Roméo et Juliette

San Diego Opera

"Director Cynthia Stokes keeps the suspense and romance sizzling throughout. Every element underscores the undeniable attraction of the title characters… from the tender minuet of their meeting to the hot-blooded, breathless beauty of the balcony scene, to their heartrending finale. The third-act romp in Juliet’s gossamer four-poster is blistering. If you’re an opera lover, a Shakespeare-lover – or just a lover-this stunning production is not to be missed."
Pat Launer, San Diego News Network

"A visual and aural feast... a wealth of vocal talent and commanding stage direction… an erotic edge in Juliette’s curtained four–poster bed. Cynthia Stokes’ brisk, eminently logical stage direction kept everyone’s pulse elevated."
Kenneth Herman, San Diego Arts

"Cynthia Stokes' thoughtful, natural direction, make this opera accessible to modern audiences… In their wedding night scene, the couple's romantic chemistry is obvious... This is an opera with truly exciting swordfights, singers who sing to each other (rather than the audience), and a haunting finale that will hang in the memory long after the final curtain. …the production is so good and so entertaining, nobody will go home early."
Pam Kragen, North County Times

"Director Cynthia Stokes, creates a production that is graceful and pleasing which resounds with power. This is a rare opportunity to have Shakespeare’s work truly come to live in tasteful beauty, both musically and visually. Obviously, Shakespeare would be in love with THIS production."
Christie Grimstad,

"An excellent performance that will remain in the memory of San Diego opera-goers for some time to come."
Maria Nockin, Music and Vision

San Antonio Opera

"American stage director Cynthia Stokes, responsible for a soundly crafted Marriage of Figaro, last February, brought uncommon poetry and insight to her staging of Roméo et Juliette. When the two lovers meet for the first time at the Capulets’ masked ball, they dance on a stage emptied of other dancers, as it must seem to two young people in love. The bedroom scene was fully erotic without inviting a leer. The tomb scene was gorgeous. I’ve ever seen two people die more beautifully on stage."
Mike Greenberg, Incident Light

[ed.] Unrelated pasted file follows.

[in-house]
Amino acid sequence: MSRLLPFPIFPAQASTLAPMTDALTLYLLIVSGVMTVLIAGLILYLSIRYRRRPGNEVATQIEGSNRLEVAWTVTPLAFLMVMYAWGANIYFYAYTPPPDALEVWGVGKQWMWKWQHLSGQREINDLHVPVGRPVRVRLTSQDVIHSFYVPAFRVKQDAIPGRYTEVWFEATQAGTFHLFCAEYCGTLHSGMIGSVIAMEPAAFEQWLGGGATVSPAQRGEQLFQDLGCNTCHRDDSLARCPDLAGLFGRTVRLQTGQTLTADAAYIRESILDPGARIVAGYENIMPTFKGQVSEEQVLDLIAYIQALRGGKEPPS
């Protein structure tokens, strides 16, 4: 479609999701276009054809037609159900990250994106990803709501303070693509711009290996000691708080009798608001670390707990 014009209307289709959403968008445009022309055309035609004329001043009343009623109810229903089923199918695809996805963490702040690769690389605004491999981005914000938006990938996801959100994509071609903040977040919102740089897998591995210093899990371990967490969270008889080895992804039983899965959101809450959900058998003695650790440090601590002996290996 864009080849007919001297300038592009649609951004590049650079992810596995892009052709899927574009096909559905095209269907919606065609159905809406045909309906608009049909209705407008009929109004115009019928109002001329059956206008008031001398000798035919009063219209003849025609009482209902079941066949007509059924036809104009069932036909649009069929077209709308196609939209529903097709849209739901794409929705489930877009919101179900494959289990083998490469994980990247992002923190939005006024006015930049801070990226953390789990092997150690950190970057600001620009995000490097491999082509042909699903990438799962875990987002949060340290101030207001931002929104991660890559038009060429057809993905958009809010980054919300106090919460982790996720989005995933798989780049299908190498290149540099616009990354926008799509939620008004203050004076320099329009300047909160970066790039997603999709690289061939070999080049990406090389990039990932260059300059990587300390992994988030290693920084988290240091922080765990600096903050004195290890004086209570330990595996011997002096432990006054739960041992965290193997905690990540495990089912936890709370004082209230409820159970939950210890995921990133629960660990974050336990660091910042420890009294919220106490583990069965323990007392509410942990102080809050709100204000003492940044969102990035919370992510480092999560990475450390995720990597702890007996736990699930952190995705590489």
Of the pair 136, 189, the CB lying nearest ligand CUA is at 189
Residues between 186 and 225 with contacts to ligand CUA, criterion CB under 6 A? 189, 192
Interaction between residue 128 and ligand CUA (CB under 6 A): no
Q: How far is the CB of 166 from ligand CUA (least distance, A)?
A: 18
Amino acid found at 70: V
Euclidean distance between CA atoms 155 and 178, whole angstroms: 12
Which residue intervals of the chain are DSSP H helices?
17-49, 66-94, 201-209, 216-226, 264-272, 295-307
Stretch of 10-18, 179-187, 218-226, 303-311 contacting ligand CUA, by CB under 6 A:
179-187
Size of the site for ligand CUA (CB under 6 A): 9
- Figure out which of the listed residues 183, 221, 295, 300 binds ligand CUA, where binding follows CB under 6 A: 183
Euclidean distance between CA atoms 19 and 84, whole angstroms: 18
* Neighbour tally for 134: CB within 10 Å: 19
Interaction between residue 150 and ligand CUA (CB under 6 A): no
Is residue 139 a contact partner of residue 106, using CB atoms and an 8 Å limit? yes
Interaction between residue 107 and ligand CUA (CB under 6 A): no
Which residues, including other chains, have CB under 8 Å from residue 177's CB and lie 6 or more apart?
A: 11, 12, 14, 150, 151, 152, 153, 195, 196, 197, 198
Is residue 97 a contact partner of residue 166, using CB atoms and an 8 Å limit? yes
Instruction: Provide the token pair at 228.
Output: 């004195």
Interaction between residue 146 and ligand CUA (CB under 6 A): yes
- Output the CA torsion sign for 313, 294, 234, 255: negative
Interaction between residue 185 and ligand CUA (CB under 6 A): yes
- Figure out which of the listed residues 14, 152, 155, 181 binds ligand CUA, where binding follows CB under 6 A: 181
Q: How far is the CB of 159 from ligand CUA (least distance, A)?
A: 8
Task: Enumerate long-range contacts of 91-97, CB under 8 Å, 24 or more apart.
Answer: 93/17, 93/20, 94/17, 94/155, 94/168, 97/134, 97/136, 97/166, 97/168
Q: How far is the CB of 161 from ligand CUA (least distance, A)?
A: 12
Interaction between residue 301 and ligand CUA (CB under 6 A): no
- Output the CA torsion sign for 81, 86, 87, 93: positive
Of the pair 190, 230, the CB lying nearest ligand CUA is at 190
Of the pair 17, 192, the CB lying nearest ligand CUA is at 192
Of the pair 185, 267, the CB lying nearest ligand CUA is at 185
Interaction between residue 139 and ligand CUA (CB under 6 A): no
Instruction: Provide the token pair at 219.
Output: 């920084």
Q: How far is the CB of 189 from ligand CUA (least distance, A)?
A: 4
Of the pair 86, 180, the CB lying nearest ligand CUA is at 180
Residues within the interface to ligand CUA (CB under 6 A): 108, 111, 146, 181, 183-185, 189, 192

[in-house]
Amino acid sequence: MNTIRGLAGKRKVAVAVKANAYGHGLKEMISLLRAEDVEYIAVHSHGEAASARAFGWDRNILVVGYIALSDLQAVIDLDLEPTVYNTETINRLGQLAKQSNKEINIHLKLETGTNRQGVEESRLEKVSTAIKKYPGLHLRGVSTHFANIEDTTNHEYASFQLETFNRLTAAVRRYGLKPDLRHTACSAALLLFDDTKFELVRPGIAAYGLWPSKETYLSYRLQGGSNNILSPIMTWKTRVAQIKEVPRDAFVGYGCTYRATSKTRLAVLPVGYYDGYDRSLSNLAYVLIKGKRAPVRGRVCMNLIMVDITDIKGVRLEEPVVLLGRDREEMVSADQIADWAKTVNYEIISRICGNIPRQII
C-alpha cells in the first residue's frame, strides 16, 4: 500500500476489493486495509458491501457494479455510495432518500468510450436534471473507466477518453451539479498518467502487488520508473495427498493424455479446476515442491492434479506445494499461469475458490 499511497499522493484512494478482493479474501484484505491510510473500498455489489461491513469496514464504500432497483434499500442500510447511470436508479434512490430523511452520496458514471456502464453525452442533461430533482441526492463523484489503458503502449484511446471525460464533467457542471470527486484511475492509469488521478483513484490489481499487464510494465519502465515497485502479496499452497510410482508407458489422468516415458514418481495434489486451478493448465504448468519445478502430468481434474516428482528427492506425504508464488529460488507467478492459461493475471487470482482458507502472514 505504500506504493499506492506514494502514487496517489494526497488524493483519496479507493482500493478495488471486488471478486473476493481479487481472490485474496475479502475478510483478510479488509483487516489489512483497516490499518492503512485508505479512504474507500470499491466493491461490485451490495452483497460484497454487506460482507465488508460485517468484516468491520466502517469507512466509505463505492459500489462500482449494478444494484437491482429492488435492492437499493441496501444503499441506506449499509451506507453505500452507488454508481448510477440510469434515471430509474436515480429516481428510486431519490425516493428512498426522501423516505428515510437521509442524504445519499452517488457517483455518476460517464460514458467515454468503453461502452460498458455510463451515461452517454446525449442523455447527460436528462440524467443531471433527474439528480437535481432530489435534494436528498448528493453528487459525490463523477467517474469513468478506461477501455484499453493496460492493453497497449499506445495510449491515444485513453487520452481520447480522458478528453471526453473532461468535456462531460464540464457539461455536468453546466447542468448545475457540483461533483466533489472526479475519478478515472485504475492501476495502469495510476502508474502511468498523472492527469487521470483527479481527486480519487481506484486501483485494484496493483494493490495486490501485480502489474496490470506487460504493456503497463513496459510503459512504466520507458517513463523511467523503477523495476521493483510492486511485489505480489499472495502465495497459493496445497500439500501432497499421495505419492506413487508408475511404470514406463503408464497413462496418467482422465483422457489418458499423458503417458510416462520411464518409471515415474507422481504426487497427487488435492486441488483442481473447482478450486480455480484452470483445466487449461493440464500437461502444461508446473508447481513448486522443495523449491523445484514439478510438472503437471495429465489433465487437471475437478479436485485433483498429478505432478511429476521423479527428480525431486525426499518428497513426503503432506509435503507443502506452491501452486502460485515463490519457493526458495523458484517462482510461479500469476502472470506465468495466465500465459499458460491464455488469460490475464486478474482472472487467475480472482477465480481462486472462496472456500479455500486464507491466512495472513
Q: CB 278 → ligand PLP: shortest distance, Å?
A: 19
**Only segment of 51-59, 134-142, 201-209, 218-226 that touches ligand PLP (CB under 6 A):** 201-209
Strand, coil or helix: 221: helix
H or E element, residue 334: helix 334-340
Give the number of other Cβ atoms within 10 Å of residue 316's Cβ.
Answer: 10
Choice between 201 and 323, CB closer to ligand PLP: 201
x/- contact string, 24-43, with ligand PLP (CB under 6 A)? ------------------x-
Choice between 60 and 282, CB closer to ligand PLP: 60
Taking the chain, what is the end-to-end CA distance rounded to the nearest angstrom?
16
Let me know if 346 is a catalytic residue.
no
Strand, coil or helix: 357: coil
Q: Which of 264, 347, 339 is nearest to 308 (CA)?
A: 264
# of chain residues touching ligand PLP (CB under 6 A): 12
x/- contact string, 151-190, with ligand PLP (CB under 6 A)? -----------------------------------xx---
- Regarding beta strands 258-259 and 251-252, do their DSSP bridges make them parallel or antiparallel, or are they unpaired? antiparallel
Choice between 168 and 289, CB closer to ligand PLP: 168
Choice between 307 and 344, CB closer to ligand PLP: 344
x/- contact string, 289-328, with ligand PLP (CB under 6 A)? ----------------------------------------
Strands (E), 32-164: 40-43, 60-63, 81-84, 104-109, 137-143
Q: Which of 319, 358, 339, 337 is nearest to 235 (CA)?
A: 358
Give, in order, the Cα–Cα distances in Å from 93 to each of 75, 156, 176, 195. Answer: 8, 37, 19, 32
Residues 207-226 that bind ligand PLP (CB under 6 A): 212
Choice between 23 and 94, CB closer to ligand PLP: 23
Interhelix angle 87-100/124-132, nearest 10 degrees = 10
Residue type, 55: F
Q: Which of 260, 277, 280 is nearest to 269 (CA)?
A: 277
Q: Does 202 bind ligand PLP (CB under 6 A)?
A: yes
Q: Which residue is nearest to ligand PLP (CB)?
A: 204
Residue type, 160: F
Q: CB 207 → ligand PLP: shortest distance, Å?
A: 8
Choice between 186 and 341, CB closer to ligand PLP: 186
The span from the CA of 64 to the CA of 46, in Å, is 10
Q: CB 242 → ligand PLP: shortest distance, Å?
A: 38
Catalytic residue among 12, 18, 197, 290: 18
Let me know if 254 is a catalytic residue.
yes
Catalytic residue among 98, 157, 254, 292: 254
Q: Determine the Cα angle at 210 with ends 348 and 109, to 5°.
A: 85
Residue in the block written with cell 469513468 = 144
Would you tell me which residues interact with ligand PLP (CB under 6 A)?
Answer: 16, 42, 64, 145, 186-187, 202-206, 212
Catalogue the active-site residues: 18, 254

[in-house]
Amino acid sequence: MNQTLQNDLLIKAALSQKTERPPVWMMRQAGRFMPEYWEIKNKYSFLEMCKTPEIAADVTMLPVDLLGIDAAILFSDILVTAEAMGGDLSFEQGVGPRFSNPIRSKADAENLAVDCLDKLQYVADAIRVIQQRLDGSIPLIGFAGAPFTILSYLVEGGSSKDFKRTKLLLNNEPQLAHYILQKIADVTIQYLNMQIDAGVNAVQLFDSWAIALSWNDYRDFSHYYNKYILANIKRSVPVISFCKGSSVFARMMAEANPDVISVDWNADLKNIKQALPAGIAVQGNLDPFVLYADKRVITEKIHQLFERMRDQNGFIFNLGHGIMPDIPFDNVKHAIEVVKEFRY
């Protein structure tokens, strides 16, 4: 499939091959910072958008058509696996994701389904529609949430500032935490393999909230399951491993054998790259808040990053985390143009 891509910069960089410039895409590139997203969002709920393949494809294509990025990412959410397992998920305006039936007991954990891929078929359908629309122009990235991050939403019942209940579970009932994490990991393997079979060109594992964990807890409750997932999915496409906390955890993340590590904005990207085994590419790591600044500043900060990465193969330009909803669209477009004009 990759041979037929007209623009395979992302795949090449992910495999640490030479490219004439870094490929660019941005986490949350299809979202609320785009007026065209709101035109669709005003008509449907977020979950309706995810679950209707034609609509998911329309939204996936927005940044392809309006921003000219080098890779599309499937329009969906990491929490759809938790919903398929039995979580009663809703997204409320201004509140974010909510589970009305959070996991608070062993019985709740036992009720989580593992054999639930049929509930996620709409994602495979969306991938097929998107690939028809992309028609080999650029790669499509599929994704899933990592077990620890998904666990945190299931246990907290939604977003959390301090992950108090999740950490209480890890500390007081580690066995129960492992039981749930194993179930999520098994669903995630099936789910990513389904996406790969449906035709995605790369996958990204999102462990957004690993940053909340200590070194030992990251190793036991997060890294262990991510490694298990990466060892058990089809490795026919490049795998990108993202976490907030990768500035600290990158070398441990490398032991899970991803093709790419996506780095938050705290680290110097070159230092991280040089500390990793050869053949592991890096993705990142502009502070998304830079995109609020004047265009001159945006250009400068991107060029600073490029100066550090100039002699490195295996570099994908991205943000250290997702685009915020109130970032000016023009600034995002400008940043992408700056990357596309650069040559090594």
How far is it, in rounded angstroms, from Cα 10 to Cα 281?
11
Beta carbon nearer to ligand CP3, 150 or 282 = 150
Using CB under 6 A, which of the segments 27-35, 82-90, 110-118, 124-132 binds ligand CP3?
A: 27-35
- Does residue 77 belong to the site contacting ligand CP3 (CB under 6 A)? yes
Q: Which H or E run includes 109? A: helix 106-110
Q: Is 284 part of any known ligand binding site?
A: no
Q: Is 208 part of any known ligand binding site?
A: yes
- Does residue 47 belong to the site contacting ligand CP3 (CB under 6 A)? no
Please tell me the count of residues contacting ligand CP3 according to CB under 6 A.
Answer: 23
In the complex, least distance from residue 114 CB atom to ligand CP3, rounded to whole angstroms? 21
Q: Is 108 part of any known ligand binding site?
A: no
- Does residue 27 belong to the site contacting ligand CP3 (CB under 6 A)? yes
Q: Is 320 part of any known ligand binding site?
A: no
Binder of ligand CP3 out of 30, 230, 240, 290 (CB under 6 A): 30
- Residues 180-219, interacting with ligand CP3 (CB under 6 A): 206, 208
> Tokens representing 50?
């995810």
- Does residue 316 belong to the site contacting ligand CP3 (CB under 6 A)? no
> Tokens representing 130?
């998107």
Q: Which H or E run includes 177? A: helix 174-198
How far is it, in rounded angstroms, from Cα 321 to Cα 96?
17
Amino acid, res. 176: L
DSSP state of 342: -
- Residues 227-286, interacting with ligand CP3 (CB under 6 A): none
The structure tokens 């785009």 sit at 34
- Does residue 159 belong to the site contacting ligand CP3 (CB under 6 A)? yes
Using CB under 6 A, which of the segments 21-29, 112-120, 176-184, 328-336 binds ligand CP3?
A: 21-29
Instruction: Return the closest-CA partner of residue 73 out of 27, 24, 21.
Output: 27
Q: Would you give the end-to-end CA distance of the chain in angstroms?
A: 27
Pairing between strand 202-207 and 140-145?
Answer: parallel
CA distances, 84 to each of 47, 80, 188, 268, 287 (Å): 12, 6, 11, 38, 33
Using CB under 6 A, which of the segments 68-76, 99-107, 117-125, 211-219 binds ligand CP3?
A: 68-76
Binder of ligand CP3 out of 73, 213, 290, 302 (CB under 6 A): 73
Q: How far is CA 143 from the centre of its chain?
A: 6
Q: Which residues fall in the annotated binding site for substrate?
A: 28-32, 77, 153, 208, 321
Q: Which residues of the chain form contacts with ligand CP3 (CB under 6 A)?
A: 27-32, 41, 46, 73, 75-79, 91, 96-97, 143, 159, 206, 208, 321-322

Diversionary Theatre

World Premiere

"Cynthia Stokes directed. A veteran of the opera stage, her experience shows in the facility with which she marshals her nine-member cast playing twice as many roles in scenes veering from narration to confrontation, dance to mime, and even a little folk play within the play…lovingly produced and well directed."
Ann Marie Welsh, San Diego Union Tribune

"Dooley has a particularly defined tone created by Cynthia Stokes…her direction is handsomely achieved with a grace and economy."
Martin Jones Westlin, City Beat

Le nozze di Figaro

San Antonio Opera

"Stage director Cynthia Stokes found a good balance -- activity without frenzy, comedy without resort to burlesque, sensible detail without fussiness."
Mike Greenberg, Incident Light

Madama Butterfly

Opera Company of Philadelphia

"…there is ceremonial formality in Cynthia Stokes' stage direction…As in Greek tragedy, the restrained windup made the finale more devastating…Then came one of the best touches of all: As Butterfly bleeds to death by her own hand, does Lt. Pinkerton see her dying seconds? Does Butterfly get to glimpse him just before she expires? Director Stokes did neither. I won't spoil it for audiences who have yet to see it, but with the clean starkness of the sets, her choice has existential depths. Ultimately, the production made you see Butterfly's point of view: Suicide was her sole option."
David Patrick Stearn, Philadelphia Inquirer

"The production of Madama Butterfly by the Opera Company of Philadelphia, which I saw on the last day of its run October 18, was perhaps the most beautiful I’ve ever seen...The denouement was staged with an originality that maintained the opera’s essence..."
Steven Cohen Broad Street Review

"The audience buzzed with excitment as they entered the Academy of Music for the Opera Company’s 2009-2010 season opening production of Puccini’s Madama Butterfly, directed by Cynthia Stokes. The most spectacular scene in the entire performance was that of the bridal processsion as Madama Butterfly and her family seem to float onto the stage and toward her husband-to-be."
Alexis Siemons, Philly2Philly

"Director Cynthia Stokes evokes mythic resonances in the Opera Company’s Madame Butterfly…The costumes are part of the scene, not a separate element, and the whole ensemble displays a unity of effect that moves the drama onto the archetypal plane where director Stokes clearly wants it. The result is a production that works with the deeper resonances of the drama, while elevating its more conventional elements. Stokes’s staging ends, however, with a forceful reassertion of heritage and tradition. When Cio-Cio San faces the choice of suicide, she does so not with the thought of vengeance, but of honor. This is very Japanese. At the last, then, the cultural identity Madame Butterfly has despised and rejected returns to claim her, but also to give her a final assertion of dignity. Cio-Cio San, the geisha and would-be American housewife, dies a daughter of her native country."
Robert Zaller, Broad Street Review

Margaret Garner

Opera Carolina

"Cynthia Stokes is bringing fresh ideas. She helps the cast bring the tormented but loving characters to life."
Denyce Graves, The Charlotte Observer

"Stage director Cynthia Stokes kept things moving quickly even letting set changes overlap with action…it helped give ‘garner’ an epic scale."
Steven Brown, Charlotte Observer

"I am very happy she is a part of the Southern premiere of this important work."
Maestro James Meena, General Director, Opera Carolina